The Miami Herald
December 6, 2000

Sir Philip Sherlock, 98, historian


 Sir Philip Sherlock, a giant among contemporary Caribbean historians and
 educators, died of natural causes at his home in Jamaica Monday. He was 98.

 ``Philip Sherlock was among the greatest West Indians of the 20th Century,'' said
 Sir Shridath Ramphal, chancellor of the University of the West Indies, an
 institution Sherlock helped found in the late 1940s and where he later served as
 vice chancellor. ``May the 21st see his like again.''

 Jamaican Prime Minister P.J. Patterson described Sherlock as a ``distinguished
 scholar and educator'' who made an indelible contribution ``to human

 Bruce Golding, leader of an opposition political party, called Sherlock ``one of the
 greatest Jamaicans of all time.''

 ``He was a gentleman and a visionary with a sense of the Caribbean and unique
 for his time,'' said Anthony Maingot, Trinidadian-born professor of sociology at
 Florida International University, who coauthored later editions of A Short History of
 the West Indies  with Sir Philip, as he was universally called by those who knew

 First written with the late British Professor John Parry, the book was considered a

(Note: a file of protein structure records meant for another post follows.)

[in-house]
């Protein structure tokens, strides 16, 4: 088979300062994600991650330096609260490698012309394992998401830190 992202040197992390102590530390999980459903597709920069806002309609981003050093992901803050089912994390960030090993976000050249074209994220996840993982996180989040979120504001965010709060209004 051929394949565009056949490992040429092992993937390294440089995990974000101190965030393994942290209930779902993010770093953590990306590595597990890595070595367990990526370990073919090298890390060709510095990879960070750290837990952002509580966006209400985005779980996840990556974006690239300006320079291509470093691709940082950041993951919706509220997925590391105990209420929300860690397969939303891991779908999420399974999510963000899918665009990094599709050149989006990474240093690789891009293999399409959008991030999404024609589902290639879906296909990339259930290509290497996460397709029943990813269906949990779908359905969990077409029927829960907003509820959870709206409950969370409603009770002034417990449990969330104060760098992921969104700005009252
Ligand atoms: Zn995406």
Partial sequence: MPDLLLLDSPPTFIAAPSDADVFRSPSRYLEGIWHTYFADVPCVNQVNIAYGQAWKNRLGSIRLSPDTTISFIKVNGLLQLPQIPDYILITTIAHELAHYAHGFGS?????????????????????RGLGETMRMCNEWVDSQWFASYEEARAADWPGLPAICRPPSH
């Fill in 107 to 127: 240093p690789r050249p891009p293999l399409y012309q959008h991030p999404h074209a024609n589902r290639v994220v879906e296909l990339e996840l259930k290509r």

seminal work, looking at the history of the region from a Caribbean perspective.

 ``He was a historian but mostly he was a folklorist with his great love and
 understanding of West Indian folk, the common people and their common sense,''
 Maingot said.

 That folkloric quality was reflected in the titles of many of the 15 books he wrote
 or coauthored, including Ears and Tails and Common Sense: More Stories From
 the Caribbean  and Anansi, The Spider Man.


 Born Feb. 25, 1902, the son of a Methodist minister and his wife, Sherlock was a
 Jamaican by birth but a Caribbean man by choice who, says Maingot, ``spent
 many years promoting the idea of West Indian unity.''

 Sherlock graduated from the University of London in 1927 with a first-class honors
 degree in English and literature. He later served on Jamaica's preindependence
 Legislative Council.

 In the late 1940s, he was a member of the committee that recommended the
 establishment of the University College of the West Indies, which was attached to
 the University of London, serving as its principal and later as vice chancellor when
 it became the University of the West Indies.


 After ``retiring'' in the late 1960s, Sherlock spent several years in South Florida as
 the first secretary-general of the Association of Caribbean Universities and
 Research Institutes, which he had founded in 1968 with other Caribbean university
 heads, among them Henry King Stanford, former president of the University of

 In January 1971, he gave the midterm commencement address at the University
 of Miami after which he was awarded an honorary doctor of letters degree.

 He later returned to Jamaica where he continued his prolific writing. He
 coauthored The Story of the Jamaican People  in 1998 and at his death was
 working on another book with his daughter, Hilary, about life in Jamaica.

 ``Up to the end he was working,'' his wife, Lady Grace Sherlock, his wife of 58
 years, told the Observer newspaper. ``Maybe Hilary will finish the book.''

 He also is survived by two sons, John and Christopher.